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Kelowna cookbook author sees Random House deal come to fruition, and it's delicious

Jennifer Schell is releasing a new cookbook.
Jennifer Schell is releasing a new cookbook.
Image Credit: SUBMITTED/Jennifer Schell

Get Jennifer Schell talking about food and it’s a bit like opening a secret door to a community that’s been hiding in plain sight.

The critically acclaimed and widely embraced B.C. wine and food writer doesn’t just know what’s good to eat and drink, she knows the people behind the scenes and the places that they derive inspiration from.

It’s the insight that made her earlier Butcher, Baker, Wine-maker cookbooks so well-loved and the genesis to becoming host of iNwine, right here on, where she introduces us to the best of B.C. food, farm and wine. It’s also probably what caught the eye of the people at Random House, which signed her up to create The B.C. Wine Lover's Cookbook, which is now available.

The cookbook, which is her biggest to date, was supposed to be launched earlier in the year, but the arrival of COVID-19 changed the rollout to something much more muted than Schell had been planning for. Quick to find a silver lining, however, she said “a lot of people are really into trying new things with cooking right now so that’s good, too.” 

This whole process has been more than good, she said. Random House is a significant force in the cookbook industry and when she opened the box of books that arrived at her door last week, she had one thought — “OK, wow.”

It’s a big, beautiful hardback, filled with photos and the stories she collected from the people she admires from around the province. And now that the books are here it’s time for her to start drumming up some community interest.

“I’m so excited to again get an opportunity to introduce this amazing cast of people and tell their stories — this time they’re sharing family recipes that share cultures,” she said.

Culture is the new twist on this bigger and broader volume of recipes, wine recommendations and stories.

“Their roots are in Israel, Spain, Australia, India and beyond. This international portrait that we have here in B.C., is shown through the book," she said.  "You can see the immigration and pilgrimage of families who came to a new world, following dreams and passion — together they’re building a new wine culture that is so diverse.”

Penelope Roche, from Roche wines in Penticton is, for example, is from a winemaking family in Bordeaux. Her grandmother’s stew recipe is shared in the book.

She also has one of B.C.’s wine industry pioneers sharing a bit of insight into his roots.

Schell interviewed Harry McWatters, who died earlier this year.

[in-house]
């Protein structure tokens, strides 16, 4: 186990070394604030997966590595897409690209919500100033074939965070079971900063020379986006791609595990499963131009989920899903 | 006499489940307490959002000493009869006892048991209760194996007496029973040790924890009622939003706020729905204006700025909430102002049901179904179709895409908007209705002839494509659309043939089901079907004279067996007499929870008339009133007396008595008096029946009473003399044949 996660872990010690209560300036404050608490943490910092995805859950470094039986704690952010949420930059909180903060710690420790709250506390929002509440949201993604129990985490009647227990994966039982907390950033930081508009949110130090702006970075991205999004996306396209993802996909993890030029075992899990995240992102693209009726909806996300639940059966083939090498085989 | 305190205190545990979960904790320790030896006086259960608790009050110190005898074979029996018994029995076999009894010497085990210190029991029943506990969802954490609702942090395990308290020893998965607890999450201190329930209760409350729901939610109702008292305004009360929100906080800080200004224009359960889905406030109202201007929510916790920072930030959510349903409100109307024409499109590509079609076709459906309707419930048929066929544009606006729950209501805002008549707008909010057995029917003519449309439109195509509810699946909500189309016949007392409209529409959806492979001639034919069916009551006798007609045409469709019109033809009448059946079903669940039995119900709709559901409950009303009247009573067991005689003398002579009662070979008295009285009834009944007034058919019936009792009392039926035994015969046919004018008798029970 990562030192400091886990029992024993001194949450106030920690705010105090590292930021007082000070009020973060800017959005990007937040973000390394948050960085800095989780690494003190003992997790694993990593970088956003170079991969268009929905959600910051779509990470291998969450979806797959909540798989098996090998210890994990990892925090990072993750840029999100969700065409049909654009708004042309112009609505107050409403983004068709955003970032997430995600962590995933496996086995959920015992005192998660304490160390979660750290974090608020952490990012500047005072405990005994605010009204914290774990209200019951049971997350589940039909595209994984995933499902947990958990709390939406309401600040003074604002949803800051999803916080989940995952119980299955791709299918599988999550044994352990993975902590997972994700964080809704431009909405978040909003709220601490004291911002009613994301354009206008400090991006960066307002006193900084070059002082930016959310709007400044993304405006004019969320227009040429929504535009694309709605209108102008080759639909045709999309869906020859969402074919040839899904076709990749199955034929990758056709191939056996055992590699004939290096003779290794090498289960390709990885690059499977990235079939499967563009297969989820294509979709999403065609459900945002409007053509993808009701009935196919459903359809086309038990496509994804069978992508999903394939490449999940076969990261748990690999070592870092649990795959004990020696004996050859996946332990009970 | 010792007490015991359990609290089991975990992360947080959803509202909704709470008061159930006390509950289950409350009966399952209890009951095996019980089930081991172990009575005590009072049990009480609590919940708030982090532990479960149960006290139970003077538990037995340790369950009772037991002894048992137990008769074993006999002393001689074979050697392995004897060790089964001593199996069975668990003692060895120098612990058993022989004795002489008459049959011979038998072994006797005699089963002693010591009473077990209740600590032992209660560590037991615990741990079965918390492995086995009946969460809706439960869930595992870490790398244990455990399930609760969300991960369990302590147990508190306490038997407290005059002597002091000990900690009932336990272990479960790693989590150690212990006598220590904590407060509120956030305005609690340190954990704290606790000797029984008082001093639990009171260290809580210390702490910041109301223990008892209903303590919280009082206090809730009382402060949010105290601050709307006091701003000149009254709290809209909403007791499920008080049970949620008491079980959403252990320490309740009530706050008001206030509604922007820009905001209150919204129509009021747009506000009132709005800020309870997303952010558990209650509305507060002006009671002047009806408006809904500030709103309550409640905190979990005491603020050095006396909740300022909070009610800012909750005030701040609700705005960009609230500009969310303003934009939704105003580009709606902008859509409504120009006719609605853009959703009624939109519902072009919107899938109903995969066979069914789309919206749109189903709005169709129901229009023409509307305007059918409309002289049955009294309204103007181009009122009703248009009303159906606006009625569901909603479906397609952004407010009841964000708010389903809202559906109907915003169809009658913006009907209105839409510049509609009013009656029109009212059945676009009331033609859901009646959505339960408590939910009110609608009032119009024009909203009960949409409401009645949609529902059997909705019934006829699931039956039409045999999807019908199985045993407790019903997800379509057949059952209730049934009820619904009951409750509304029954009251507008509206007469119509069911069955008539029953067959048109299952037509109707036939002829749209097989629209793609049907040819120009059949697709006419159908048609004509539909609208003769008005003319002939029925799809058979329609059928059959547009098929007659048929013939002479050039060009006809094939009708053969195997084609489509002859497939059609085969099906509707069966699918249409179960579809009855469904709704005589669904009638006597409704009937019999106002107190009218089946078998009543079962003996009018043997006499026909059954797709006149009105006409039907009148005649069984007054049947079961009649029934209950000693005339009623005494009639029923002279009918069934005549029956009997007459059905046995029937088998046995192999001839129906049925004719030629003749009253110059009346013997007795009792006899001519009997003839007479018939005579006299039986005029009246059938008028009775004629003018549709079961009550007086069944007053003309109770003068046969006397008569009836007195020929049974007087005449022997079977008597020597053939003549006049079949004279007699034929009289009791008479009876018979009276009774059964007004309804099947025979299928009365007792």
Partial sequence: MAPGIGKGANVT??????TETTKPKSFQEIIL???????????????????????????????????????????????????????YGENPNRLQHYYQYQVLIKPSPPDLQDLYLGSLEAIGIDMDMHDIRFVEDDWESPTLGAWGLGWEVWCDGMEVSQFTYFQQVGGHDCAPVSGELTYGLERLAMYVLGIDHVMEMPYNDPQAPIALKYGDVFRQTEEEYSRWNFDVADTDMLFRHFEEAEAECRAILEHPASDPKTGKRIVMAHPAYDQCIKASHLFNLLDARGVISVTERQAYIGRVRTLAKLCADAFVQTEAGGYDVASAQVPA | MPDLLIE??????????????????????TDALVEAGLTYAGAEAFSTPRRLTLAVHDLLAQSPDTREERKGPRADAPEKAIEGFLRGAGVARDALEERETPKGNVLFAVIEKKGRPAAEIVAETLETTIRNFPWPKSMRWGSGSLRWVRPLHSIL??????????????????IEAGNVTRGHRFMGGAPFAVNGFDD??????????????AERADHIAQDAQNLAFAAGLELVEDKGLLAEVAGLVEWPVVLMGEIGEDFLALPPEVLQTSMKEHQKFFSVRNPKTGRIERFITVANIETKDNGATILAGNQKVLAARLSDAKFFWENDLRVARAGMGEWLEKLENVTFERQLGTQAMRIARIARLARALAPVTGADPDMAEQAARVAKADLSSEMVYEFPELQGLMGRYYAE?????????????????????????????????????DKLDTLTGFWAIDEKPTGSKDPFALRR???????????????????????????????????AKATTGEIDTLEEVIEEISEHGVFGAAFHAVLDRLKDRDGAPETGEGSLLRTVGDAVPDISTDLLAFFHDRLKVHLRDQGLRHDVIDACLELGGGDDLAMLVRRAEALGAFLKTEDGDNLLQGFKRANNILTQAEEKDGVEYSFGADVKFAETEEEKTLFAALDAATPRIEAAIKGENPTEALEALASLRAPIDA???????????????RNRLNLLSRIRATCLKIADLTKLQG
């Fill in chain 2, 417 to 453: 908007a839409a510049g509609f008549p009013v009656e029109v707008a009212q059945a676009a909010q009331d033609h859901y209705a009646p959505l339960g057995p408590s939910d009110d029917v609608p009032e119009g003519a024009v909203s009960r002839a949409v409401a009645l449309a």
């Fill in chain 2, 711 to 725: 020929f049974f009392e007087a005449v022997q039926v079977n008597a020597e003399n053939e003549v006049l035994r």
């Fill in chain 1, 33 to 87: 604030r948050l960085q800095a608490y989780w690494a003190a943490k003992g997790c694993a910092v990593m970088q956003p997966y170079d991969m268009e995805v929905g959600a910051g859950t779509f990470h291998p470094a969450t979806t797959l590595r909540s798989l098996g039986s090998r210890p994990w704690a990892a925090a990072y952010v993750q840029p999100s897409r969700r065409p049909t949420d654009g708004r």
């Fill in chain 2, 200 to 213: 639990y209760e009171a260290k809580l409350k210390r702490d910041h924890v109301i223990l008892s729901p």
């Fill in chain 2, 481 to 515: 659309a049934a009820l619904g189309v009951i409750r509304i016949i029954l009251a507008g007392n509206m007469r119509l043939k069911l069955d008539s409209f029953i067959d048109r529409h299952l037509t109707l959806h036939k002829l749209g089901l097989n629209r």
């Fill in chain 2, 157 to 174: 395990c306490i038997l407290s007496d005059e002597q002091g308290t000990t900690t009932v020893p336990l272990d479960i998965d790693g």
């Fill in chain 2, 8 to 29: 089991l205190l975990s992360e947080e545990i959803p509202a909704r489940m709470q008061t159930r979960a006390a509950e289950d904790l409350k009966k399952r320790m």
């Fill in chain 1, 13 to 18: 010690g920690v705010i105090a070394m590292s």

“I was one of the last people to photograph him with his kids — I’m so happy to have a photo with him,” she said. “It’s his mother’s recipe he shared. His mom’s name was Muriel, so we have Muriel’s beef stout pot pie.”

Schell said she wanted to know the names of the family members who came up with the recipes as an homage to the person, further personalizing them and adding more texture to the fabric of our communities.

“When they are sharing recipes from their mothers or their grandmothers every person gets so excited,” she said. “All these people and these recipes contribute to the social and cultural fabric of our province.”

Their stories are what drive Schell, but while working with Random House she found new ways to enhance a recipe she’s already found success in.

“It was such a shared creative process. They were so supportive and made it all wonderful and exciting,” she said.

They introduced the idea of illustrations for every region, and then Schell found the perfect person to do them — her niece, Hilary Schell.

She’s a locally established illustrator, working under the name Weirddoods, and came up with drawings that encapsulated what makes each wine region in B.C. unique and put them on a map.

Schell also got to put in themed touring ideas, like “practicing chardonnay-ism.”

“It makes it easier to navigate the very large and growing wine region,” Schell said.

The book also offers up suggested menus for spring, summer, fall and winter.

“I love the idea of menus,” she said. “I got a lot of feedback from people saying ‘I never know how to put a three-course meal together,’ so this will help.”

 While there are so many added features she’s chuffed about, Schell is pleased she also got to photograph the project from start to finish. It allowed her the access she needed to make it such a labour of love.

To get the book go to Random House and search the title.  Or just click here.

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